Increasingly, top technology companies are recruiting in-house. Rather than relying on outside agencies, which spend inordinate amounts of time building talent databases, these companies must then source their own prospects. TalentBin, a startup which describes itself as a “talent search engine,” has raised a $2 million Series A round of financing to offer a solution to this very problem.
The round was led by Lightbank, with participation from NEA, Foundation Capital, FundersClub, First Round Capital, and Charles River Ventures. Lightbank partner Paul Lee will join TalentBin’s board.
TalentBin’s core offering is a database consisting of more than 500 million social profiles aggregated from across “hundreds of sites,” including major social platforms like Facebook, Twitter, Google+, Meetup, and Quora, as well as industry-specific communities such as Github, Stack Overflow, Behance, and others. The company also has included what it calls non-social sources such as the US Patent Database, open-source email list serves, and PubMed life sciences authorship database. The company currently adds approximately 10,000 new profiles each week to its database.
In this way, TalentBin aims to offer employers a comprehensive perspective on a potential candidate’s qualifications, interests, and abilities. Specifically, this data is all available publicly, but typically goes far beyond that which a user will typically include on their linkedin profile and resume. The company’s algorithms then analyze this data and help recruiters surface otherwise hard-to-find technical talent.
“Consumers create implicit professional data across the Web, for example in the names and descriptions of GitHub repositories that they own and patents that they file,” TalentBin co-founder Peter Kazanjy says. “We simply take this info that is naturally created in the process of doing one’s job and make it ‘recruiting useful.’”
TalentBin users can access its database via a Web application, as a Google Chrome browser plug-in, or through an API connecting to existing Recruiting CRM, ATS, or HRIS systems. Clients pay $6,000 per year per recruiter for access to the system, a price point that is comparable to LinkedIn’s rate of $8,000 per user and Monster.com’s $7,000 per user. The company already works with more than 200 corporate clients including Facebook, Amazon, and UPS.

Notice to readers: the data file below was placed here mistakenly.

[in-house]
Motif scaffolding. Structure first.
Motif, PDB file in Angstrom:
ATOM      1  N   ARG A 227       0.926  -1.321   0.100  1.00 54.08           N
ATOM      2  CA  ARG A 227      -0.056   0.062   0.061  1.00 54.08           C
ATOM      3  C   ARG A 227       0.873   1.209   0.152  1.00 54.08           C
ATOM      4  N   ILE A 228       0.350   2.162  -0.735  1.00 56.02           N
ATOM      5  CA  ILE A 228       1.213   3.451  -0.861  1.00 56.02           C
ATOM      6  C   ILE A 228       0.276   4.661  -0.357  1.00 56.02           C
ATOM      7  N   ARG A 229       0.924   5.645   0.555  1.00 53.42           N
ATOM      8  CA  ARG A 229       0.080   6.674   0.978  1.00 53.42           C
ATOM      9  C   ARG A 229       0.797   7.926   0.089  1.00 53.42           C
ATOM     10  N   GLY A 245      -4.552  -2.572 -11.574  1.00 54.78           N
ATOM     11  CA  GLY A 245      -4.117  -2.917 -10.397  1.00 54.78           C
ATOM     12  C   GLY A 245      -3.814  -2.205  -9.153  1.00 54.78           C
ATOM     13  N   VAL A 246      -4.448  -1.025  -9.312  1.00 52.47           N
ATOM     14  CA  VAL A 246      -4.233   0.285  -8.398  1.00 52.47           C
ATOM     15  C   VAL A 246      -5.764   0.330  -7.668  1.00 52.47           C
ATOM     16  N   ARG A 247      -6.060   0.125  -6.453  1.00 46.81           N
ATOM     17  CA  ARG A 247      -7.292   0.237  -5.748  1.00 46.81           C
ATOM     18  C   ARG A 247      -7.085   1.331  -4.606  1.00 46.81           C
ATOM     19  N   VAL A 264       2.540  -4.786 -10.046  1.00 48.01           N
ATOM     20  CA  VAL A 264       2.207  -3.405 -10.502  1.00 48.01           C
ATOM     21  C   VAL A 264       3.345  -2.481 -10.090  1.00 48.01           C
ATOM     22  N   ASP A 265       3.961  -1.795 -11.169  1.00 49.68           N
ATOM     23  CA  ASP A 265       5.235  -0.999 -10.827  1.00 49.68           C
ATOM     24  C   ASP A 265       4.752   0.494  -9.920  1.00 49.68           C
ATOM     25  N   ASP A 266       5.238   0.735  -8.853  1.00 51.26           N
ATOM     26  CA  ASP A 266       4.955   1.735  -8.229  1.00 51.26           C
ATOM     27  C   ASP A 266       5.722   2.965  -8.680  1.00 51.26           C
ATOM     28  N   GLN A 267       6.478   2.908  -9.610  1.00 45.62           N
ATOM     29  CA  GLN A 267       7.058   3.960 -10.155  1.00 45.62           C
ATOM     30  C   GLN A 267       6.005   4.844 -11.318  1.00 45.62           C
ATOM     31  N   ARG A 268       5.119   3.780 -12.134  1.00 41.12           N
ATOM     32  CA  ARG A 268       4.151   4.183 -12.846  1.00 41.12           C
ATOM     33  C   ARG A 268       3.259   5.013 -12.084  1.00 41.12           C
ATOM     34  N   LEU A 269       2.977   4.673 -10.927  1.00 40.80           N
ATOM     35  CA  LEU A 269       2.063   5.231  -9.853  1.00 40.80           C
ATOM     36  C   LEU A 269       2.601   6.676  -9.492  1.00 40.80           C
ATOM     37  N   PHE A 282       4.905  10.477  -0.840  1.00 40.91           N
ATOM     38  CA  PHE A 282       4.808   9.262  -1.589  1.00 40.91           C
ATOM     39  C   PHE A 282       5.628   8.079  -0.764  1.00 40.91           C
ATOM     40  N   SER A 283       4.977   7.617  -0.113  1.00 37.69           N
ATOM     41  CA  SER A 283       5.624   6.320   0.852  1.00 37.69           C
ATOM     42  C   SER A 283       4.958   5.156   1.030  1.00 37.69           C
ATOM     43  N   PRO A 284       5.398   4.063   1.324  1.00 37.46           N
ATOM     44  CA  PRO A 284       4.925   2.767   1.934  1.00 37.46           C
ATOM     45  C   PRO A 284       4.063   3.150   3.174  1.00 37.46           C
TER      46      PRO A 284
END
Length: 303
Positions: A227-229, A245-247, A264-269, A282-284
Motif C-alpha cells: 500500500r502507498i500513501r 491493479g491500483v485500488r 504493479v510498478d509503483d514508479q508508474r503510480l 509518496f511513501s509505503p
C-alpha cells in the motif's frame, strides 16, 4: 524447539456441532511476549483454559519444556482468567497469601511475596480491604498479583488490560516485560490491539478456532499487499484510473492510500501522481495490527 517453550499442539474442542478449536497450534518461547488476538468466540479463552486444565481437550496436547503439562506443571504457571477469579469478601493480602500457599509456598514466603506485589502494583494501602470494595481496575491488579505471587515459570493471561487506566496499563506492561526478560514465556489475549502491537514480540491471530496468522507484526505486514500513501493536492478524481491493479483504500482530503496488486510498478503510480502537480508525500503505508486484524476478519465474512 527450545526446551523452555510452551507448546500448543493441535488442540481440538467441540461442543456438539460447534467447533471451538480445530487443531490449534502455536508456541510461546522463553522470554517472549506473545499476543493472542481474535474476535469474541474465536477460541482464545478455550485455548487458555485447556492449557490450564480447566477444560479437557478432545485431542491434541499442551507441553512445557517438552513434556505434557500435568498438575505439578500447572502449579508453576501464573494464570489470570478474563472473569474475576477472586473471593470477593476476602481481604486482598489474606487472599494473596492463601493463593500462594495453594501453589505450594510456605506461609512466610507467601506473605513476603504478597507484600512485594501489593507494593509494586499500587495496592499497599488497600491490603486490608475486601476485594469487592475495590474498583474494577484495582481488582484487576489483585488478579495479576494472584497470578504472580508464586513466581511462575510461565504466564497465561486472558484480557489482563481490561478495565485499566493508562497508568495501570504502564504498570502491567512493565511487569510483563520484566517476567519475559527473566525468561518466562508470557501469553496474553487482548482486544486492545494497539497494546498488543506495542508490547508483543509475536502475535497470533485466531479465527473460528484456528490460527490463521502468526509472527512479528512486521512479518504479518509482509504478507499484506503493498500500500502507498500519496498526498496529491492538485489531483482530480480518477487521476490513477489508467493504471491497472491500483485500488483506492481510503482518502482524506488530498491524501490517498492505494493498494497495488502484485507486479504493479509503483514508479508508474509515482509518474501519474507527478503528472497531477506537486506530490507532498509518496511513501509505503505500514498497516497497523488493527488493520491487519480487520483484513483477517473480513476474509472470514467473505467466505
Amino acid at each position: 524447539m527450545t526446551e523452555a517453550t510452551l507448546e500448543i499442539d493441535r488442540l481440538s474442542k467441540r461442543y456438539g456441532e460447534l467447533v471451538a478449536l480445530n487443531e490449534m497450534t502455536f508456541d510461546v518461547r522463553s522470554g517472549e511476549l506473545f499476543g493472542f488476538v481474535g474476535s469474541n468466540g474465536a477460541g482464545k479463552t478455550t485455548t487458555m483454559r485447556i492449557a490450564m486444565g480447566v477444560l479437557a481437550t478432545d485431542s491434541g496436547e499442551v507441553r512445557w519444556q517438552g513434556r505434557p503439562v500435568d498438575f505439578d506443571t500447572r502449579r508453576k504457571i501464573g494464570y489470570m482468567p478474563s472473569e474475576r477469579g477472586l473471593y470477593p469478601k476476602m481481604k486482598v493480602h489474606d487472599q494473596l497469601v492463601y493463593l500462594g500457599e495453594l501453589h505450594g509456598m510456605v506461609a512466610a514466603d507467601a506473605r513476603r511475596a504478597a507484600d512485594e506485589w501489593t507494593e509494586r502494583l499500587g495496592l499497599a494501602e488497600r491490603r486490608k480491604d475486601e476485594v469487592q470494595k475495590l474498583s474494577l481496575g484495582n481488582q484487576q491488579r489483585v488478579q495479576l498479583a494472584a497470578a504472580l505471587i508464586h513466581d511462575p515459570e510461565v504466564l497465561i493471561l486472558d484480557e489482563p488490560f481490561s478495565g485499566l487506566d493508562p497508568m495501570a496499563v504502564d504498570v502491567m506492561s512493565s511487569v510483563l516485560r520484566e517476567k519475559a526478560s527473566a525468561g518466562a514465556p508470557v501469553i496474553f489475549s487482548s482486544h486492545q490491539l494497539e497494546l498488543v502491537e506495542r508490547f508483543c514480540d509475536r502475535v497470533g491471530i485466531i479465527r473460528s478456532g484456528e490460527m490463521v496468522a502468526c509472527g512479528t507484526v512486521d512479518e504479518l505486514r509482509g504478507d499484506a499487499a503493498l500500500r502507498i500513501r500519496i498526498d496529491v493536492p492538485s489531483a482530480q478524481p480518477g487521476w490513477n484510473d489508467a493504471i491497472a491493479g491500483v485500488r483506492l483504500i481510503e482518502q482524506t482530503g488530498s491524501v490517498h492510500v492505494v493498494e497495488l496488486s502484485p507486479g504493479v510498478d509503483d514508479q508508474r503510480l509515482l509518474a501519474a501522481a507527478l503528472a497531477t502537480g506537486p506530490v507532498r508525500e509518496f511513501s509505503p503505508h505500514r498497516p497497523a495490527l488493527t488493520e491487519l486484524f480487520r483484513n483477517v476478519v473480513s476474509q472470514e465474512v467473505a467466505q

“What’s appealing about TalentBin is that they have the vision to think beyond the current state of the market to what it will be like years from now,” Lightbank’s Lee says.
Kazanjy adds, “Not only do we give a more holistic and ‘human’ snapshot of hard-to-find candidates, but we also provide the tools for communication, pipeline management and reporting — all from one technology platform.”
San Francisco-based TalentBin was named an “Awesome New Technology” at the 2012 HR Tech Conference, a “Recruiting Game Changer” at HR Tech Europe’s iHR Awards, and a “Cool Vendor Supporting Multiple Nexus Forces” by Gartner. The company has raised “north of $4 million to date” including this latest round, according to Kazanjy, with previous financings consisting of a $1.2 million seed round and then another approximately $1 million from First Round Capital* and Charles River Ventures. The focus for the year ahead, according to Kazanjy, will be continuing to scale its sales organization, a challenge into which both Lightbank and NEA should be able to offer tremendous insight.
The company faces competition in the social talent search space from GitHub-focused Gild, which raised its own $8 million Series A round earlier this year, and from Entelo, which announced a $3.5 million Series A a month ago. Each of these three companies launched in 2011, but neither competitor has managed to aggregate the the volume of data sources that TalentBin has. To the extent that it’s correct in its thesis that recruiter value such breadth, and that it can extract “professionally relevant data” from its wealth of sources, TalentBin appears to have the clear advantage. Other factors like user interface and pricing are more difficult to differentiate.
There is a major secular shift occurring in the market where organizations that bring recruiting in house need a talent marketplace to go shopping in. This has gone from being something that was initially hypothetically, conceptually interesting, to something that is now an enormous, and some would say even obvious market. But LinkedIn followed a similar trajectory. Not everyone recognized early on that it would one day be a huge recruiting platform.
If Marc Andreessen is right in his infamous prediction that software is eating the world, then already scarce and valuable technical talent will only become an increasingly hot commodity. To that end, TalentBin and other companies that use data to help recruiters unlock hidden stores of such talent appear well positioned to capitalize on the next wave of innovation.
[Disclosure: First Round Capital is an investor in PandoDaily.]